Massacre Valentine’s Day

ST. VALENTINE WAS SUPPOSEDLY a martyred 3rd century priest, not a shill for the flower industry or a marketing genius for a certain Kansas City, Mo., greeting-card titan. Still, with all due respect to his martyrdom, we think it’s high time the holiday bearing his name be abolished.

Call us hopeless romantics on this page, but we find that true love is overwhelming, irrepressible and spontaneous. Romance shouldn’t be confined to a particular day; nor need it be triggered by the arrival of Feb. 14. Compulsory love is an oxymoron.

You could say the same thing about other holidays, we suppose, and some of our mothers say it about Mother’s Day. And shouldn’t we appreciate George Washington, or our veterans, every day of the year? Well, yes, sort of. But c’mon, passionate love is different. We’ve all been there, heard the songs ... love lifts us up where we belong, hurts, blinds, is a crazy little thing. It’s all you need.

So be a real romantic and say no to mandatory love. Show up empty-handed tonight; don’t sign that card. Repeat after us: “Honey, I won’t submit my boundless love for you to this manufactured charade. Honey, listen, I....”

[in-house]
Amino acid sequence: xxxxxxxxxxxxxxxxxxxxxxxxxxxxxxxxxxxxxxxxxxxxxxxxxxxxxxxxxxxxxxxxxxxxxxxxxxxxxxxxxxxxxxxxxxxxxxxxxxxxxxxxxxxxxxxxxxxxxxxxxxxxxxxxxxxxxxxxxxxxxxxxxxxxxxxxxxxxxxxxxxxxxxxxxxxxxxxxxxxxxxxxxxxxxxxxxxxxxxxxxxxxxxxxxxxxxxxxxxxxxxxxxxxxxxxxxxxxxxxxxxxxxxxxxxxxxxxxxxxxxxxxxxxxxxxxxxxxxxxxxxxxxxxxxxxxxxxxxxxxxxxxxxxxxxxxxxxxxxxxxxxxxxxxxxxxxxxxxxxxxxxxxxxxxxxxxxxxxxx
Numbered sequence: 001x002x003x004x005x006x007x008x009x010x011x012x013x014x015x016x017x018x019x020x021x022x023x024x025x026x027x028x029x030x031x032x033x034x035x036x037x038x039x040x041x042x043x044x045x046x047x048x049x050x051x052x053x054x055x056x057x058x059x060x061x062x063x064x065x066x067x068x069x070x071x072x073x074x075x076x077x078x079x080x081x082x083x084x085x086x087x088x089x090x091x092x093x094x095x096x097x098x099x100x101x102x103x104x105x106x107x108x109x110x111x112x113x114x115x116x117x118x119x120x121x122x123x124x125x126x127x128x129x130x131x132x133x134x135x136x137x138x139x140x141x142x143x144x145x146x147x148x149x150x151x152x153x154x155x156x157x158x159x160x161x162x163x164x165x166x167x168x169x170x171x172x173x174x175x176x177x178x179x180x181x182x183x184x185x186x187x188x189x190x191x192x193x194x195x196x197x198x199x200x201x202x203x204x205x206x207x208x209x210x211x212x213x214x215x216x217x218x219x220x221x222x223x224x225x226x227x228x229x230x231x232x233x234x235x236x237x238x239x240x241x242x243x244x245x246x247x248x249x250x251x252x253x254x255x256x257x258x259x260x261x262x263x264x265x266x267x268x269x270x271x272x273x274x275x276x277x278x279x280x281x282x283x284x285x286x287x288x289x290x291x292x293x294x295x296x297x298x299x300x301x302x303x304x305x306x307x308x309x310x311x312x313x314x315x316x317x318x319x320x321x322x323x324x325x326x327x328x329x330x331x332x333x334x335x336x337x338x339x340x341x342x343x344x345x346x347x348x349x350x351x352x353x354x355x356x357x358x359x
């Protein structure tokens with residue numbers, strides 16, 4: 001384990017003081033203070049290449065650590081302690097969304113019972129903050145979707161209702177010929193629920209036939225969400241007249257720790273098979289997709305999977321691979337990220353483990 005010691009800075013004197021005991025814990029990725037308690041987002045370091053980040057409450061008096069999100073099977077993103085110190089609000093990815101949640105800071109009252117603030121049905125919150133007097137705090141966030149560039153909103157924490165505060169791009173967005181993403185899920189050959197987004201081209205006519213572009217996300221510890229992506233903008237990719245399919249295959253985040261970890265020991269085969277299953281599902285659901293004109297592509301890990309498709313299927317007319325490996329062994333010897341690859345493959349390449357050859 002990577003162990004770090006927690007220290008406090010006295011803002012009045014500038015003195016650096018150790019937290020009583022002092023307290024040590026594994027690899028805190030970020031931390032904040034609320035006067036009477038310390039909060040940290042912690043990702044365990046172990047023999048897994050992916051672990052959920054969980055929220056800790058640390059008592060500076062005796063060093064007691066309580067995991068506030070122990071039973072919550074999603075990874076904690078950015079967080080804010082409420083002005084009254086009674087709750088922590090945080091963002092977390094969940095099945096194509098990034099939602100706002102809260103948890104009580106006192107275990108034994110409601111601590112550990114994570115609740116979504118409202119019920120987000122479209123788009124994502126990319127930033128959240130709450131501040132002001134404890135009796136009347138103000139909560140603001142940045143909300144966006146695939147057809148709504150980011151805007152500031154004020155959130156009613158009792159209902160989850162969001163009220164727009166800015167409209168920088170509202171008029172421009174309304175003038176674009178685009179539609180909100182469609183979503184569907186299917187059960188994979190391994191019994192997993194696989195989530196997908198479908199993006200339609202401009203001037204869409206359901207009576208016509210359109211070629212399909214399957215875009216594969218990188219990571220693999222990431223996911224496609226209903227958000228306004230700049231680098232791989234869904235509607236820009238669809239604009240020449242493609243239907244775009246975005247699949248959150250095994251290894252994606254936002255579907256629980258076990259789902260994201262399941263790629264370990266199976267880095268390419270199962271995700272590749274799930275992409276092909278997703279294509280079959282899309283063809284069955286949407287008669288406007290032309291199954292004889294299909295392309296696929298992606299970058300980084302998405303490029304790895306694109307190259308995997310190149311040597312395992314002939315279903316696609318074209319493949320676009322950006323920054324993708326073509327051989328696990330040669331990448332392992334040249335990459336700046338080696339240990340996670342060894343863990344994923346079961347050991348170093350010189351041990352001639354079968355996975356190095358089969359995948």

And for those of you (and us) who are not loved on this holiday, not even in that Pavlovian sort of way, there’s some good news on the medical front. It turns out it might not be you; it might be the happy pills swallowed by the one you love. At a conference held at UCLA last weekend, Rutgers University anthropologist Helen Fisher said her research suggests that Prozac, Zoloft and other antidepressants may be keeping millions of Americans from falling head over heels. According to her theory, the medications stave off depression by regulating the exact part of the brain’s neurochemistry associated with the mad feelings of new love.

Using brain images from a small group of the recently smitten, she found that the areas linked to reward and pleasure, which are filled with dopamine receptors, were lighted up. Other studies have shown another neurotransmitter regulated by antidepressants, serotonin, is 40% lower in those newly in love than in normal people. Researchers believe the mix of changes in dopamine and serotonin creates the elation and obsessiveness seen in lovers who can’t stop thinking about each other.

Come to think of it, when the day comes that all Americans are on antidepressants, maybe we will need a Valentine’s Day.